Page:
Degree in ME, licensed in EE? - Anything about the PE Exam - Engineer Boards
Jump to content
Engineer Boards
Sign in to follow this  
MEinTech

Degree in ME, licensed in EE?

Recommended Posts

I have just graduated and started my career and would like some advice. My B.S. is in Mechanical engineering but the job I took is on a Technology team (the firm still does MEP). There are currently no PE's on this team and only about half the team has an engineering degree. Our drawings are stamped by EE's from another team when we need it done, but not everything needs it as all our work is low voltage and state requirements vary. If I decided to pursue a PE in Electrical, what would it take? Our work does not require much engineering knowledge so unless I got my firm to cross-train me I would have to learn pretty much all the material on my own and a lot of it would be new to me as the only EE course I took was Intro to Circuits. If I were to get cross-trained and take on some electrical EI work, how long would it take to pick up a good bit of it? I am based in Tennessee but we do a lot of work in nearby states so I would try and get licensed in multiple states. 

Share this post


Link to post
Share on other sites
 photo CHPE_AnimatedWebBanner_650x1202_zps5704d467.gif
7 minutes ago, MEinTech said:

I have just graduated and started my career and would like some advice. My B.S. is in Mechanical engineering but the job I took is on a Technology team (the firm still does MEP). There are currently no PE's on this team and only about half the team has an engineering degree. Our drawings are stamped by EE's from another team when we need it done, but not everything needs it as all our work is low voltage and state requirements vary. If I decided to pursue a PE in Electrical, what would it take? Our work does not require much engineering knowledge so unless I got my firm to cross-train me I would have to learn pretty much all the material on my own and a lot of it would be new to me as the only EE course I took was Intro to Circuits. If I were to get cross-trained and take on some electrical EI work, how long would it take to pick up a good bit of it? I am based in Tennessee but we do a lot of work in nearby states so I would try and get licensed in multiple states. 

Congratulations on graduating, and welcome to the forum. :)

First off, I’m not licensed in Tennessee, but it does not appear to be a discipline-specific state (according to their web site), meaning you would be allowed to practice in any area where you are competent. This implies (and their web site confirms) that your degree/education need not match your experience, so I wouldn’t be too worried about that. (Reference: https://tdcihelp.zendesk.com/hc/en-us/articles/209640437-Are-professional-engineers-licensed-by-discipline-civil-electrical-mechanical-etc-in-Tennessee-?mobile_site=true)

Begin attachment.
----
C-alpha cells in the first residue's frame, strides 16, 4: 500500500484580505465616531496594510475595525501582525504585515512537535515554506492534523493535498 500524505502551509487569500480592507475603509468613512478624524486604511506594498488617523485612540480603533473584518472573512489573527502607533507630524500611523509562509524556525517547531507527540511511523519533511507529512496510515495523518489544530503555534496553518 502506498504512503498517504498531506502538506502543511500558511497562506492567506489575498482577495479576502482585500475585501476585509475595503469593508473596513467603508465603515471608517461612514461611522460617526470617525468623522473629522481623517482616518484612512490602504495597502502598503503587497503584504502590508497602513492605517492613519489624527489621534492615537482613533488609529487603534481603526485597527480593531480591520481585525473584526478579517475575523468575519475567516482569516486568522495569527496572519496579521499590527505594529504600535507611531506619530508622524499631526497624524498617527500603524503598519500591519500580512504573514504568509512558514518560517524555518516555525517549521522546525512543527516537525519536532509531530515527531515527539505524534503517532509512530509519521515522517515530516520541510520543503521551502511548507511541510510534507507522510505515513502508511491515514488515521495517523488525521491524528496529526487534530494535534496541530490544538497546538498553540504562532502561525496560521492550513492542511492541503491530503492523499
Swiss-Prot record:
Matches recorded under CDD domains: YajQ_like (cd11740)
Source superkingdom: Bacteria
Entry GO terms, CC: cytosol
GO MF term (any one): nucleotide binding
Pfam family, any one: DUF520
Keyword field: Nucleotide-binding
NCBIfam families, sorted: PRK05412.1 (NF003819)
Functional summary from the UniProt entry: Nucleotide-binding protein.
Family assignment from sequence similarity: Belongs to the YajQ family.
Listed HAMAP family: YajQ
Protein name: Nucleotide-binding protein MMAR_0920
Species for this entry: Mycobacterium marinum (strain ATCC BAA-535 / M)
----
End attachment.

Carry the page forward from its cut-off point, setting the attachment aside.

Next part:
It’s difficult to say how long it will take for you to gain the experience necessary to “be ready” to become licensed, but it will take, at a minimum, the required number of years of progressive engineering experience that the state board requires. For Tennessee, this appears to be 4 years with an engineering degree and passing of the FE exam (https://www.tn.gov/commerce/regboards/architects-engineers/license-applicant-resources/types-of-licenses/engineers.html). Essentially this means that it’s up to the board to decide when you’re ready, based on your demonstration of your experience, and the concurrence of your references (in TN, including your current and past supervisor(s) and at least 3 licensed engineers).

Since you mention that your group is not made up of licensed engineers, it sounds like cross-training will be necessary; on top of that, it sounds like you need references from at least two different places of employment. Perhaps talk to your supervisor about your desire to pursue licensure; if they see value in it, then there is a good chance they will work with you to make it happen.

As for the material itself, in this case it really is up to you what discipline you want to take your exam in, but my suggestion would be to study in the exam area where you are strongest, or where your practical experience matches most closely.

I can’t tell for sure whether your firm does more power or electronics, but if you want to get licensed in electrical and you want a lot of study resources, maybe start out looking up resources for the power discipline, and see if that interests you (there’s an entire sub forum on this site dedicated to power concepts/resources).

I hope this helps. Good luck, and hope you enjoy the forum!

Share this post


Link to post
Share on other sites

Join the conversation

You can post now and register later. If you have an account, sign in now to post with your account.

Guest
Reply to this topic...

×   Pasted as rich text.   Paste as plain text instead

  Only 75 emoji are allowed.

×   Your link has been automatically embedded.   Display as a link instead

×   Your previous content has been restored.   Clear editor

×   You cannot paste images directly. Upload or insert images from URL.

Loading...
Sign in to follow this  

×
×
  • Create New...